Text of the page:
General data is gathered from a numerous places. Local Multiple Listing Services (MLS) provide data on recently sold homes that could be used as comparables. To verify actual sales prices, we look at items in the assessor's office and other public documents that are usually online nowadays. Appraisers routinely need to report when a property is in a flood zone, so that information is retrieved from a FEMA data outlet such as a la mode's InterFlood product.
And last but not least, the appraiser assembles general data from his or her past experience in creating appraisals for other houses in the same market.
How can a licensed appraiser help me?(Back to top)Any time the value of your home or other real property is being used to make a significant financial decision, an appraisal helps. For those selling a home, you'll want to figure out the price that gets you the most profit but also ensures you don't have to wait too long for a buyer to show up; an appraisal can help with that. When buying, you can avoid overpaying by getting an independent appraisal. For those settling an estate or divorce, an appraisal from 1st Choice Appraisal is the best documentation to ensure assets are split up evenly. A house is often the single, largest financial asset anybody owns. Don't make decisions in the dark with a professional appraisal.
My mortgage statement has an item on it for PMI? Can I get rid of that?(Back to top)PMI is the common abbreviation for for Private Mortgage Insurance. This additional policy covers the lender in the event a borrower is unable to pay on the loan and the value of the property is less than what is owed on the loan. Once you can prove the amount you owe on your home is less than 80% of the home's market value, you can make a case to your lender to drop the PMI.
Does the appraiser need anything from me in advance?(Back to top)The first step in most appraisals is the property inspection. What this entails is the appraiser, after setting up an appointment, personally going through the home - recording the layout of the rooms, taking photos and documenting the general condition of its features. Inside, pick up any clutter and make sure we can find our way to things like furnaces and water heaters. In the yard, trim any bushes so we can be free to get an accurate measurement of exterior walls.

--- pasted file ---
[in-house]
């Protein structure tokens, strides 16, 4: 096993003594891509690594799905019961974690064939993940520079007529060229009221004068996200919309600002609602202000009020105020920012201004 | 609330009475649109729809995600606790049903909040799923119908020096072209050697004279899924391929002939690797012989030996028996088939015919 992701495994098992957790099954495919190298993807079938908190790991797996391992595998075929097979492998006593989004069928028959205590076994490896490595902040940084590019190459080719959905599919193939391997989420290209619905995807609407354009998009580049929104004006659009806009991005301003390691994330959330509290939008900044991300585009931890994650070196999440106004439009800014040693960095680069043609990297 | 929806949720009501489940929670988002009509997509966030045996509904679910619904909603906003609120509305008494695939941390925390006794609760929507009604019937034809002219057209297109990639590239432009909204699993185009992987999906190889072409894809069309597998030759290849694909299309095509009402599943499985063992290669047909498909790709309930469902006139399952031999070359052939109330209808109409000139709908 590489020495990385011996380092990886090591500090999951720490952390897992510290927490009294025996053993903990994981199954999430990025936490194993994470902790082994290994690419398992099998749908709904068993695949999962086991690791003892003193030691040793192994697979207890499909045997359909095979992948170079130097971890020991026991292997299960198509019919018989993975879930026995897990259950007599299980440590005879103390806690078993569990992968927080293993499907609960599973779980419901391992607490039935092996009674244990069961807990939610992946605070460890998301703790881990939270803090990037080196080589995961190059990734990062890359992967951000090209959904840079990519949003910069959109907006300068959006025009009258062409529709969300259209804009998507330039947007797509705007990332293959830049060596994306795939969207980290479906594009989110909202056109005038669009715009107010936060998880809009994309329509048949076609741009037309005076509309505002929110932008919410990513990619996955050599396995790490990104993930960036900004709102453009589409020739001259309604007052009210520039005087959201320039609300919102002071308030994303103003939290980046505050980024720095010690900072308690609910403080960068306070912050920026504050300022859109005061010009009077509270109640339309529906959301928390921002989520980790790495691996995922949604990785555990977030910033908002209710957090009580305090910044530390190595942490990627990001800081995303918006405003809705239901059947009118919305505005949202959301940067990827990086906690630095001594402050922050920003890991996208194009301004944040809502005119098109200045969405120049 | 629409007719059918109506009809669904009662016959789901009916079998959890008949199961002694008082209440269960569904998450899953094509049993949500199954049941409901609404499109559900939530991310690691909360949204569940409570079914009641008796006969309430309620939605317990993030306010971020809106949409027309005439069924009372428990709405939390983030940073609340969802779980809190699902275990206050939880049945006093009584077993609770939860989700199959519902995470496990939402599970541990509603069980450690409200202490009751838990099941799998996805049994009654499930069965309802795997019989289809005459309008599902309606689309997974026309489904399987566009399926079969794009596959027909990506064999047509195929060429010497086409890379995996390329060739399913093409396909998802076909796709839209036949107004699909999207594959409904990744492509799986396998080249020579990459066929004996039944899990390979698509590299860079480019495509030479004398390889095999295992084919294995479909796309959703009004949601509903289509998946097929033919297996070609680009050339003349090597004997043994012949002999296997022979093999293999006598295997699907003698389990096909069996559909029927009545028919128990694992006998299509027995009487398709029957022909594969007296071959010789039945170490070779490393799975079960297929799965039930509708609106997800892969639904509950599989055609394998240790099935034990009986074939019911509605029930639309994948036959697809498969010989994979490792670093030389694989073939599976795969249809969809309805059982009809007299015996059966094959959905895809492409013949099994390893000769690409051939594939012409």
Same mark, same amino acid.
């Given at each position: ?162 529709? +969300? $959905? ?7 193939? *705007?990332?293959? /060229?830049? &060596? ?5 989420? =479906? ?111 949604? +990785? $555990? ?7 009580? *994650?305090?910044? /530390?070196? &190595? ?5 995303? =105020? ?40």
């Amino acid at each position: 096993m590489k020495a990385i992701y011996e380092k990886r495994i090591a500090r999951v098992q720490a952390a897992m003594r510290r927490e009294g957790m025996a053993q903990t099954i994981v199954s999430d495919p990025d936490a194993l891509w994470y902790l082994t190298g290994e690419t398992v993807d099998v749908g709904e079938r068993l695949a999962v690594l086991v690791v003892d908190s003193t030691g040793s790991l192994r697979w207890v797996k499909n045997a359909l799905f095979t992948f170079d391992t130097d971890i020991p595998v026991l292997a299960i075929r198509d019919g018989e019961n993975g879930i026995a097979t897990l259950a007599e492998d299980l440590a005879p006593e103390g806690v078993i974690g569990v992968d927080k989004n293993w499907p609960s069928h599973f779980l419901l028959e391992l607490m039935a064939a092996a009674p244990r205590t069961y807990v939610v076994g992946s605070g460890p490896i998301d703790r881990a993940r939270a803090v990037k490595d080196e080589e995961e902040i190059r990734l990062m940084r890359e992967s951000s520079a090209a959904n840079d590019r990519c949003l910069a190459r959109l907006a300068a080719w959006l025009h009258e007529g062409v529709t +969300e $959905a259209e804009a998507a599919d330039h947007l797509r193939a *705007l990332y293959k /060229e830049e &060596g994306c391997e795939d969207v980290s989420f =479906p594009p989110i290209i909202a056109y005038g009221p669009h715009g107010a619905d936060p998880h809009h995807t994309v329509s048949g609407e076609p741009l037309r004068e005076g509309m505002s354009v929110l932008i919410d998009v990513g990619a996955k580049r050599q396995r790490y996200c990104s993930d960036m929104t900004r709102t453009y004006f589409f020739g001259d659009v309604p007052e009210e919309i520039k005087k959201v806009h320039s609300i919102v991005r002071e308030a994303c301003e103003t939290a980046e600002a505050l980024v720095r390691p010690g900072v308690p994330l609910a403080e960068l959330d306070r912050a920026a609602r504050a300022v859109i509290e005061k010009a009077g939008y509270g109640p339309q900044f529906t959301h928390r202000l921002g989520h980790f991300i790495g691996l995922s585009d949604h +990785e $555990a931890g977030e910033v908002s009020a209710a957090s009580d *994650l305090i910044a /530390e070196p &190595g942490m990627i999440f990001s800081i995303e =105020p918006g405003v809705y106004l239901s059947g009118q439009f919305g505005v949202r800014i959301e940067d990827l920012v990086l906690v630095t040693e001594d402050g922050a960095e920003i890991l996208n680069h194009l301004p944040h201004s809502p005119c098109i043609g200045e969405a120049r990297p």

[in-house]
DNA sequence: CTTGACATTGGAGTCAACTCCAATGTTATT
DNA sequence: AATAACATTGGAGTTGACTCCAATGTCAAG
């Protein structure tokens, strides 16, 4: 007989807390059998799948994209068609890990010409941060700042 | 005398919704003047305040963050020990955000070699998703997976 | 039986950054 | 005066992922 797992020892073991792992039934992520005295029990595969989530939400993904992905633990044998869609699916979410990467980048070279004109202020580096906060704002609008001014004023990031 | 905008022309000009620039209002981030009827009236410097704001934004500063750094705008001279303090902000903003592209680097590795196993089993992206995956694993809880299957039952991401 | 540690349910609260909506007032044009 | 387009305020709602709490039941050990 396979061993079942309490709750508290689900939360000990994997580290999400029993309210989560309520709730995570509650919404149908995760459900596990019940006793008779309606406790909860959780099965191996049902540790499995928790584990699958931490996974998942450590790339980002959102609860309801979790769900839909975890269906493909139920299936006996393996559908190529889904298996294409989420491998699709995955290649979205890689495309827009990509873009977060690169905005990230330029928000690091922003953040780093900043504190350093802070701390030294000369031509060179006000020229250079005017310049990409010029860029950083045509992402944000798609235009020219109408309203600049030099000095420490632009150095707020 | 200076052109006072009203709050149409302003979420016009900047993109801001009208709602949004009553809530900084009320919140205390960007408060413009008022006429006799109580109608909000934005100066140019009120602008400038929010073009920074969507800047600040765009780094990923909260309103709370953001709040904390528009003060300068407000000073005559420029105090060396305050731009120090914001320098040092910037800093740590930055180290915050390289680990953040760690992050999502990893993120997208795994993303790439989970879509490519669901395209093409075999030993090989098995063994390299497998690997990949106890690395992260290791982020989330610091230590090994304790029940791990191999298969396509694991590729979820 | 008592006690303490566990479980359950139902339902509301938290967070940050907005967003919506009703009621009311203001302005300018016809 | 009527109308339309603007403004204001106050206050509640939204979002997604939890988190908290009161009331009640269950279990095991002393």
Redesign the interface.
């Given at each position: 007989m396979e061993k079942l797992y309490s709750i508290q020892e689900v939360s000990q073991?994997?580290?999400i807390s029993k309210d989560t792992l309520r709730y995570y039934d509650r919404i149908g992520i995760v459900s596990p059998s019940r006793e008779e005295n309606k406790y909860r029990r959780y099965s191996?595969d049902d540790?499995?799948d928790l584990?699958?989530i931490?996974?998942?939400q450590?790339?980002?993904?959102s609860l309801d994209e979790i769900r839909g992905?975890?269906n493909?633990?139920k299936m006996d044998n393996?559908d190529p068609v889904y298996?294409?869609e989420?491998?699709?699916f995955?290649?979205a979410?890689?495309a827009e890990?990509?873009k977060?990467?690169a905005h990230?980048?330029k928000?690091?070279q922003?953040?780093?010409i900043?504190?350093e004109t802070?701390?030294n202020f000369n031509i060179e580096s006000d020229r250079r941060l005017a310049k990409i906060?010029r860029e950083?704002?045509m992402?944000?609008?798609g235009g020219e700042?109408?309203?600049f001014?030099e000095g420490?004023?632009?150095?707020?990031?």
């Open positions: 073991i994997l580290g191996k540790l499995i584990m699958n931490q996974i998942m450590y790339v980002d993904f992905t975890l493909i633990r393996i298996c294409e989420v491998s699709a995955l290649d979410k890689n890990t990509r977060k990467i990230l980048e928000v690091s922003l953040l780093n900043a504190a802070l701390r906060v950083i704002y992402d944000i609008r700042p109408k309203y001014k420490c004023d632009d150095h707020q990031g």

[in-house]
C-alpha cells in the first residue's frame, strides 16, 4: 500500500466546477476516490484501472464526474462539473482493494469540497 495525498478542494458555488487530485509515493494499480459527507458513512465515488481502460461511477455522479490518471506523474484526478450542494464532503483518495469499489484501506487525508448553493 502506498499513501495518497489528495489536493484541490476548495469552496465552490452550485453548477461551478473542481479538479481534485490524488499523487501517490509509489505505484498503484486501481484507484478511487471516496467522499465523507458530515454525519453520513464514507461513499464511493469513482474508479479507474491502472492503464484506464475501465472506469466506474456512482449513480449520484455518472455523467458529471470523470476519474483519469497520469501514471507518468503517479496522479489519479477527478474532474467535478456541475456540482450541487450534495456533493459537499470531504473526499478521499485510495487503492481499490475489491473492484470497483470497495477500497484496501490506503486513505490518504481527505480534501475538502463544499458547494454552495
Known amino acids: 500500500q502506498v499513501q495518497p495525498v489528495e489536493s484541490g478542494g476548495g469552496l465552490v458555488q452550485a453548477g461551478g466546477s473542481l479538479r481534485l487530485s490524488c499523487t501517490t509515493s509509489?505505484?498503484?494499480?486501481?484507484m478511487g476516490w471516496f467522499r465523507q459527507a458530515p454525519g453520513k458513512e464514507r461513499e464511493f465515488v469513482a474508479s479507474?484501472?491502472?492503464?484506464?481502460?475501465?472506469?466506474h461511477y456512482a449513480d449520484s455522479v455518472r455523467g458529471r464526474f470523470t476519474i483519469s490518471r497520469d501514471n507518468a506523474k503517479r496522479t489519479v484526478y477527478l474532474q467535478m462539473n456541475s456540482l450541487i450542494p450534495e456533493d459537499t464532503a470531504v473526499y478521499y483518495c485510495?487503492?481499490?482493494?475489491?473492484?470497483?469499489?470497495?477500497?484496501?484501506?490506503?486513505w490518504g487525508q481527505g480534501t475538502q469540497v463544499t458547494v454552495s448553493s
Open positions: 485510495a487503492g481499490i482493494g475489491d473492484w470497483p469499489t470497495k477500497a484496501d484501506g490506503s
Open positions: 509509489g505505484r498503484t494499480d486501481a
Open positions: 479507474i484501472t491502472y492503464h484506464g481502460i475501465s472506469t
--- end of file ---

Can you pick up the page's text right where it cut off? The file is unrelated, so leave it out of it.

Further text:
The following items, if available, will help your appraiser to provide a more accurate appraisal in a shorter period of time:
How does an appraiser define "Market Value"?(Back to top)In real estate appraising, Market Value (as opposed to Fair Market Value) is commonly defined as:
Does the appraisal belong to the bank or the consumer?(Back to top)In most real estate transactions, the appraisal is ordered by the lender. While the buyer pays for the report as part of the closing costs, the lender retains the right to use the report or any information contained within. The buyer is certainly entitled to a copy of the report - it's usually bundled with all the other closing documents - but is not allowed to use the report for any other purpose without permission from the lender.
It's different when it's the homeowner engaging the appraiser for things outside securing a mortgage. In these situations, the appraiser may state how the appraisal can be used; for PMI removal, or estate planning or tax challenges, for example. If not stipulated otherwise, the home owner can use the appraisal for any purpose.
Which home renovations add the most to the price?(Back to top)A home's location - what city it is in and even what part of that city - is key to this popular question. For example, while quality appliances are attractive, a $7000 built-in refrigerator won't pay off in a neighborhood of moderately priced homes
No matter where you go, however, renovating a kitchen is almost always a safe move. One recent study revealed that putting $20,000 into a kitchen remodel would add about $17,500 to the value of the home - or about an 88% return on investment. Bathrooms were second, returning 85%. Adding bedrooms and baths can also help the value of your home (when done well) as long as your home doesn't then become overbuilt for your neighborhood in terms of size.